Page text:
This is why I recommend split testing these and other components, such as images.
You can send one by one to a mailing list a few different versions of a sales letter.
Keep track of how each campaign performs and see if one generates more revenue than the others.
If that’s the case, you can effectively double down and mail it to a much larger list to make a lot of money!
This is 100x easier if you’re writing a digital sales letter.
Manually test different pages or use software like Optimizely to send a control message to half of your visitors.
Use testimonials to your advantage
You may be surprised to learn that testimonials influence 67.7% of all purchasing decisions.
They serve as social proof, which helps potential customers trust you.
This is why testimonials are a great way to boost conversion rates in a sales letter.
You must first obtain a testimonial from previous customers regarding their experience with your product and service.
Take the best of these and include them in your sales letter. You can include them after discussing the product’s advantages to demonstrate its effectiveness.
Justify the price
Successful sales letters require the ability to justify a product’s price both logically and emotionally.
As a general rule, marketing a $10 product requires far less justification than marketing a $10,000 product, for example.
This is why:
A $10 purchase is not a significant financial commitment. They can get a refund, and even if they don’t, it won’t put them out of business.
But let’s put ourselves in the shoes of the customer.
If I’m going to spend $10,000 on something, it better be the best damn thing I’ve ever used!
Don’t you think so?
A sales letter would have to work extremely hard to convince us that a product or service is worth that much.
Because this is how most people think, we can use reverse engineering to land the sale.
The most effective way to do so is to frame the price as an investment.
You’ll be able to do this easily if you sell a course, book, or other products related to business, career, investing, or other topics.
Assume that your program is $500. You can explain that they’ll learn how to make thousands of dollars per month in passive income, so the $500 is nothing compared to what they’ll eventually earn.
I understand what those who do not sell financial products are thinking.
“How am I supposed to use this?”
This principle can still be applied to supplements, consumer goods, and anything else.
A company selling weight loss pills, for example, could claim that its monthly plans are an investment in the customer’s health, happiness, and self-esteem.
If you want to outsource your sales letter writing, any talented sales letter copywriter like myself will be able to do it with ease.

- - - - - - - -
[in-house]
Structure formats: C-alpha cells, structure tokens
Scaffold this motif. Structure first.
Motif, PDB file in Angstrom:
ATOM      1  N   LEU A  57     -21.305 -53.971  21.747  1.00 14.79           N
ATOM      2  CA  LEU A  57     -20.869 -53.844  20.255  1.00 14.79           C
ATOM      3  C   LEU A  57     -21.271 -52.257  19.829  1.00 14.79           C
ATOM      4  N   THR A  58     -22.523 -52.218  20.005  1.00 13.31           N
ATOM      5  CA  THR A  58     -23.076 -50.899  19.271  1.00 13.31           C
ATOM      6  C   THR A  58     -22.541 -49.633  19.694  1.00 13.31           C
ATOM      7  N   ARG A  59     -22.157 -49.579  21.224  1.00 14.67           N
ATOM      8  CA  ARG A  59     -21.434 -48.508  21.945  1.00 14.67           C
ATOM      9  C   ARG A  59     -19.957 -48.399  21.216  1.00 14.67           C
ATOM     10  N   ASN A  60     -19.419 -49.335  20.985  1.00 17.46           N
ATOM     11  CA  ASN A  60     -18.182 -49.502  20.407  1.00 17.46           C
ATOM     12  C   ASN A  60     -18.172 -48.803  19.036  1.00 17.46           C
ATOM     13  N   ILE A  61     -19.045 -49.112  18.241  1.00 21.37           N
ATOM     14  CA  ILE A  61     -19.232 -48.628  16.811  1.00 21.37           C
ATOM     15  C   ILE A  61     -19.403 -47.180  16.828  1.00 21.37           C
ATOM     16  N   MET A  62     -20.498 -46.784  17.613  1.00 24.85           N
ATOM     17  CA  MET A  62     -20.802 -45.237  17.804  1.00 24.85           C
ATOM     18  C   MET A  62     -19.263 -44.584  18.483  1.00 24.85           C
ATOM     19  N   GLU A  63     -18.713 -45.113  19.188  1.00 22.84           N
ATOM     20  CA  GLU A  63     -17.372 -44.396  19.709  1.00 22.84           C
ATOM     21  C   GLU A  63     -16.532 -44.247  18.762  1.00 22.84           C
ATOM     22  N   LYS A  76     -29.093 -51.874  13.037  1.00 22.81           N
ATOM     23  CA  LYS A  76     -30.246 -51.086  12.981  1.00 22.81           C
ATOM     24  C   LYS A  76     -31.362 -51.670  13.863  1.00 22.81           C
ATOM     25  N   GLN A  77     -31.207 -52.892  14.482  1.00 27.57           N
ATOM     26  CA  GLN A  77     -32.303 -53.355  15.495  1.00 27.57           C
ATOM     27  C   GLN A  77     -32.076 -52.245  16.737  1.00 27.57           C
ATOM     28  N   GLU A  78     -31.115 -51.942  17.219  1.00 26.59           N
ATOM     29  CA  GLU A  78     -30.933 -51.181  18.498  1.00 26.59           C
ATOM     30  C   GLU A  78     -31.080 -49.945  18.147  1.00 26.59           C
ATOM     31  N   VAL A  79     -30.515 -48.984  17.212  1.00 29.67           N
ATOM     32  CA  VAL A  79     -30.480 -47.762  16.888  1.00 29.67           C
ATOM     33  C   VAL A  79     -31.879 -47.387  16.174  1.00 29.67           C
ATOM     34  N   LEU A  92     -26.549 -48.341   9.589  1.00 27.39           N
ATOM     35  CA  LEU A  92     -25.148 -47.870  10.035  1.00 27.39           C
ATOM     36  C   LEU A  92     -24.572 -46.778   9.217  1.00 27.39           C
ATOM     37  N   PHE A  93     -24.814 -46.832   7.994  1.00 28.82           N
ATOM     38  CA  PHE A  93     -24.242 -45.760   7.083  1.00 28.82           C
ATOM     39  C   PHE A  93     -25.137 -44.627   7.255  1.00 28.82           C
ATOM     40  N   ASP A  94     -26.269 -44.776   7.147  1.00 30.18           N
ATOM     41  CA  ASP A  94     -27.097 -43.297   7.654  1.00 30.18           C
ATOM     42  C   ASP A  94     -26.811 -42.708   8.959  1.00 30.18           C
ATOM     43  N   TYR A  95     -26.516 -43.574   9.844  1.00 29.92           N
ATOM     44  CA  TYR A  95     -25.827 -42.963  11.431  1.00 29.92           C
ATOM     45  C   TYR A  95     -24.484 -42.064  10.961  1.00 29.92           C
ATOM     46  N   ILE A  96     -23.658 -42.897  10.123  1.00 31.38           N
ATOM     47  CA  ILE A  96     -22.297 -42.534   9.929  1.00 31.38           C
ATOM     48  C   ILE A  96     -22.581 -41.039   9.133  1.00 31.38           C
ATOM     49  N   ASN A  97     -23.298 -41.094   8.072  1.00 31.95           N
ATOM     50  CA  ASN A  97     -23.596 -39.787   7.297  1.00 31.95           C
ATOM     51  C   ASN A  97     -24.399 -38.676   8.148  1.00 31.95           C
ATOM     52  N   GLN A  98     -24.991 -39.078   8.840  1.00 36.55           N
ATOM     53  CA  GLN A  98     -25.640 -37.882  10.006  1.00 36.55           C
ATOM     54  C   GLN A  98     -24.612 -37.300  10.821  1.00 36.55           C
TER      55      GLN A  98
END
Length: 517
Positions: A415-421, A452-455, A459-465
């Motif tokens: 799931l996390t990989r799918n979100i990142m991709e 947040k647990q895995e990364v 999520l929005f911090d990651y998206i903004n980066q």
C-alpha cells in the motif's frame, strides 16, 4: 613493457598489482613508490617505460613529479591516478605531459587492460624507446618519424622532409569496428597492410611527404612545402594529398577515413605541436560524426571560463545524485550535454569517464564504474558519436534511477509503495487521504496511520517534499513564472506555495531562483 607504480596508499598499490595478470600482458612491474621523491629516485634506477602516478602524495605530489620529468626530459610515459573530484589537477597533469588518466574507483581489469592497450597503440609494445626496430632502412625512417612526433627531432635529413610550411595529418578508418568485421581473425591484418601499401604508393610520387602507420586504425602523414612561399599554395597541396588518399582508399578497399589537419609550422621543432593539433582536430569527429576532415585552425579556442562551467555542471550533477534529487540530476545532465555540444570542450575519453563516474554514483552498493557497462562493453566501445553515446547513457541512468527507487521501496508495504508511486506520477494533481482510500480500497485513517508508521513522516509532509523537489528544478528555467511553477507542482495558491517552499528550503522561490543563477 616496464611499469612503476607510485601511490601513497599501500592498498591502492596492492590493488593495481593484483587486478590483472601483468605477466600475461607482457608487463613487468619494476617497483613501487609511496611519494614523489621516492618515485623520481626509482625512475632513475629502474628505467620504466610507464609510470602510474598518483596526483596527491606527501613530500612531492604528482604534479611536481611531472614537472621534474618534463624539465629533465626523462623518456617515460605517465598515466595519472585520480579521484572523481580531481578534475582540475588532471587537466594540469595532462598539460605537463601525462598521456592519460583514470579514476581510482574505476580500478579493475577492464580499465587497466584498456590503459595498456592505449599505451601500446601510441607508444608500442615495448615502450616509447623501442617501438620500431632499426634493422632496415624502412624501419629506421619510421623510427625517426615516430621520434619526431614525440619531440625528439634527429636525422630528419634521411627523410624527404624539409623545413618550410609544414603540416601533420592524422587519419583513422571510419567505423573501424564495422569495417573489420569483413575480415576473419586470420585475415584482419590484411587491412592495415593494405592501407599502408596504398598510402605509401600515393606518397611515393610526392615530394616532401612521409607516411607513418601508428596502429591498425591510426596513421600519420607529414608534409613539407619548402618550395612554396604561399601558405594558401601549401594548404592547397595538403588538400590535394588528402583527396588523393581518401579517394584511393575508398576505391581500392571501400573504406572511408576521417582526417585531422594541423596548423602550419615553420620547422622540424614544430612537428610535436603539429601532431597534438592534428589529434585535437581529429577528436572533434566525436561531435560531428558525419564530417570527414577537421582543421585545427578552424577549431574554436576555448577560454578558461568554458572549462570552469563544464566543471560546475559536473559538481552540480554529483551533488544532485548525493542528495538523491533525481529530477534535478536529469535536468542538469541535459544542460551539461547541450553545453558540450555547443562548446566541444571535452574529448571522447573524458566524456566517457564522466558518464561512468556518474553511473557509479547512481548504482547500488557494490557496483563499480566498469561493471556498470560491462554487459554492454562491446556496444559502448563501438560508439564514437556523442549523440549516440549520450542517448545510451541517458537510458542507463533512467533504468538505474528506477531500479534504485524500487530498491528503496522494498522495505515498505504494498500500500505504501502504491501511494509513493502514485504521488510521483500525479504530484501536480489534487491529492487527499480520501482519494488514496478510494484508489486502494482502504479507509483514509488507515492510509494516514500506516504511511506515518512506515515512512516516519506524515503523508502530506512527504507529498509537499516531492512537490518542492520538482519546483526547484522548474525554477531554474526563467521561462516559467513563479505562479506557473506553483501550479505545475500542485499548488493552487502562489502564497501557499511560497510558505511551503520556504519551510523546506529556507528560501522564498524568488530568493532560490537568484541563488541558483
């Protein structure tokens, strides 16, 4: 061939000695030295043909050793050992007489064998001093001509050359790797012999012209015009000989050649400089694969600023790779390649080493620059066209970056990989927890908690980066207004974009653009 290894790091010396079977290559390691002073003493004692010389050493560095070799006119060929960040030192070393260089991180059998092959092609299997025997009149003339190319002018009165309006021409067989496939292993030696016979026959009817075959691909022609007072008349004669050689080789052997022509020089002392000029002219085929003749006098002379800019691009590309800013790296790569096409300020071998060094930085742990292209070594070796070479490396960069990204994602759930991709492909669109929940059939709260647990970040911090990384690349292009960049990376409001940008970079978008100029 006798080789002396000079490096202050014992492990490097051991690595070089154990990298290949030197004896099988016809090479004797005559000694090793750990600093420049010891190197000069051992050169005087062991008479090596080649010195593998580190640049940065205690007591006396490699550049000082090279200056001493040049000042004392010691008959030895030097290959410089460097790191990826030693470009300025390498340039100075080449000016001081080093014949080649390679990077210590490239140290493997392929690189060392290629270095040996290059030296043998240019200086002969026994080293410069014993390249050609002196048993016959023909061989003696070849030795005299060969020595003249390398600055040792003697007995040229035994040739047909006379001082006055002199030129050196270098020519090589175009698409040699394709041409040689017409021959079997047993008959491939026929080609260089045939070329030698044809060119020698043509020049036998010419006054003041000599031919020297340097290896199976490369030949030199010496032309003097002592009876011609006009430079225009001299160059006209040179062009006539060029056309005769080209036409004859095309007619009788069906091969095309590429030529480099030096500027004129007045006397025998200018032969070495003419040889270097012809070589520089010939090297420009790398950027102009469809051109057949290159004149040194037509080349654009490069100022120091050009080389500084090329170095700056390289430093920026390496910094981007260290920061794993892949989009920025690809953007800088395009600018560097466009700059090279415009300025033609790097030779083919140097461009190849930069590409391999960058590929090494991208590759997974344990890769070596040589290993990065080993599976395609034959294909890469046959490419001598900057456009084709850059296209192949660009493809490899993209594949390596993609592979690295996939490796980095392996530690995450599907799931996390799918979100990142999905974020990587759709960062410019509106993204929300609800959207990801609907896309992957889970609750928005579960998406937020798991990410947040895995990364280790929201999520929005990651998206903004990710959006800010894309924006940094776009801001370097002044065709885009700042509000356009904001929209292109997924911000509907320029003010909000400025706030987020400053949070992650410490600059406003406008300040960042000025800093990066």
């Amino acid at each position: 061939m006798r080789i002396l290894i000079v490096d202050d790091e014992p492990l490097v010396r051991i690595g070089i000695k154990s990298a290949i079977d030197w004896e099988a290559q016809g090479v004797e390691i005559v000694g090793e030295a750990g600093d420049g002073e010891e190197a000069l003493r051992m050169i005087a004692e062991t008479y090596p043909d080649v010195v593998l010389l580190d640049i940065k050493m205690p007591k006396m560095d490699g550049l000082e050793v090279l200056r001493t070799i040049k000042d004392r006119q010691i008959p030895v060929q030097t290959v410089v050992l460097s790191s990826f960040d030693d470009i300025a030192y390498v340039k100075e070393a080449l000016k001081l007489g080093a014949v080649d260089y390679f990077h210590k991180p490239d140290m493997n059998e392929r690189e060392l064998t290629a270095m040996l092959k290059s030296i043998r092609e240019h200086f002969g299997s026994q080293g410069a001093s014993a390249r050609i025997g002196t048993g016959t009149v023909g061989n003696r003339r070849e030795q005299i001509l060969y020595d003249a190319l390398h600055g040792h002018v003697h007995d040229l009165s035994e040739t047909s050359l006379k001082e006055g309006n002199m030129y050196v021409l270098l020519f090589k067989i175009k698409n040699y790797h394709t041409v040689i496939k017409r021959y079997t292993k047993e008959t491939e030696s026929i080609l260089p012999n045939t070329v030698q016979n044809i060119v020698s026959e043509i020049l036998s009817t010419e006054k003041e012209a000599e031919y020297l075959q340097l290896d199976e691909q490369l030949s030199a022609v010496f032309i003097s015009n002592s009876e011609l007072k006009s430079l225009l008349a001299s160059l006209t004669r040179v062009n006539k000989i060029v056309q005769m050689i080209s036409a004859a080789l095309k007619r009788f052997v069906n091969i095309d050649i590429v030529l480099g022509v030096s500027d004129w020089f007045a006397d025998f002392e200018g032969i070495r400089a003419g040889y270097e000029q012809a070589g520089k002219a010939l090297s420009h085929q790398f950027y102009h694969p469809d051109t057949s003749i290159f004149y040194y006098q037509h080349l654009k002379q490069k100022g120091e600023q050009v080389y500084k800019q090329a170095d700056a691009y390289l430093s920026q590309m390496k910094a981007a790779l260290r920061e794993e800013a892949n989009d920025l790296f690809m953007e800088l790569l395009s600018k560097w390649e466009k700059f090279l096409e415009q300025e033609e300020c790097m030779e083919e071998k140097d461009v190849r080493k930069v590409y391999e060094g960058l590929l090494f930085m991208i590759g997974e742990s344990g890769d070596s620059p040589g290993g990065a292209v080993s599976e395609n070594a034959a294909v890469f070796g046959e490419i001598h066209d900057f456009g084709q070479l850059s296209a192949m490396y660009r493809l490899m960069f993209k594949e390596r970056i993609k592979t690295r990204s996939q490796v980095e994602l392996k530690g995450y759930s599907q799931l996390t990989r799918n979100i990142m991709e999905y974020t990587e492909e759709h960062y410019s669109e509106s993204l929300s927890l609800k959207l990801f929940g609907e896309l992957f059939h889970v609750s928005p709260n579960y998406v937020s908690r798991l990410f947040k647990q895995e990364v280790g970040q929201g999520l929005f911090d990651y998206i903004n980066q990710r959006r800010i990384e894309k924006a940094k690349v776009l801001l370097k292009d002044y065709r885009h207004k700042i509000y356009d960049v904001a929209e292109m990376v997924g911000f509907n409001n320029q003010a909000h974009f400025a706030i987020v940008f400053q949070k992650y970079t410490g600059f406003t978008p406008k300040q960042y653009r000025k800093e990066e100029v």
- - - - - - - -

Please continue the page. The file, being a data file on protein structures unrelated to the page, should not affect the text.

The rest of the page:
Address all objections
You want the customer to flow like water from the top of the sales letter to the bottom.
The more hiccups and interruptions they have in between, the longer it will take to convert them, or you may lose them entirely.
You can avoid this and increase the number of sales you make by anticipating objections and responding to them before they arise.
This necessitates a thorough understanding of the intended audience.
You’re interested in learning about their emotions, beliefs, desires, pain points, and demographics.
This allows copywriters like yourself to anticipate and resolve their critiques as the page progresses.
The following are common objections or concerns:
- Refund and return policies
- Privacy policies
- Customer support availability
- Evidence for any claims made
- How long does it take for the product to work
- What the end result looks like
- Exactly how to use the product
Customers will be able to cut through sales letters like butter and have more confidence in what you sell if you can answer questions and objections like these.
Have more call-to-actions than you can count
Last but not least, there must be numerous calls to action.
These statements and words instruct users to proceed to the next step in the sales process.
It varies by business and product, but it could be to buy something, add something to your cart, or subscribe to a newsletter.
- “Respond within 10 days”
- “Receive a FREE bonus book”
- “Act promptly”
- “Get a FREE bonus book”
Because customers convert for a variety of reasons, you should include a call to action in each major section of your sales letter.
What I mean is that some people may buy a product after reading testimonials, while others will buy it after learning about its benefits.
Calls to action include phrases such as:
- Sign up today
- Sign up now
- Buy now
- Don’t wait
- Claim your discount code
- Get your free X
To learn how to use calls to action effectively and get more ideas, read my guide.
To quickly summarize value, use bullet points
As a copywriter, bullets are one of your best friends.
They enable you to communicate features, benefits, and other critical information quickly.
For visual relief and convenience, use bullet-point lists throughout the sales letter.
This makes lengthy sales letters more readable and visually appealing, as well as assists readers in comprehending the most important information.
A good sales letter template
Understand that there’s no one perfect sales letter template. But all templates have certain things in common and as long as those elements are present, you can come up with your own sales letter template.
I know that’s a lot to take in, so here’s a sales letter template based on the strategies I discussed today.
- A headline that grabs the attention of the customer.
- A subhead that supports the main headline.
- Video sales letter.
- Use storytelling to show you understand the reader’s situation or section agitating the customer’s pain points and experiences.
- Describe the product and its unique selling proposition.
- Product features and advantages.
- Reviews and testimonials.
- Structure of pricing
- Bonuses and their monetary value
- Money-back guarantee and an overview of the refund policy.
- Pricing and offer justification.
- The Postscript
For decades, this has been a tried-and-true sales letter formula.
If you look at successful sales letters, you’ll notice that they always follow this structure.
Because it is effective!
It contains all of the essential information that customers require to make a purchase.
Combine it with the other sales letter strategies I discussed today to get the best results.
Final thoughts on how to write a sales letter
Direct mail is a cost-effective and effective way to generate sales.
However, great results need excellent copywriting.
The headline is the most important part of a direct mail sales letter. To get people’s attention, you need to use urgency, very specific statements, and emotion.
Then, using a formula like the ones I mentioned earlier, write the body of a sales letter that entices customers to buy.
Every sales letter should also include a clear call to action. This could be something as simple as dialing a phone number or visiting a website.
By following these steps, you can create sales letters that effectively generate free money.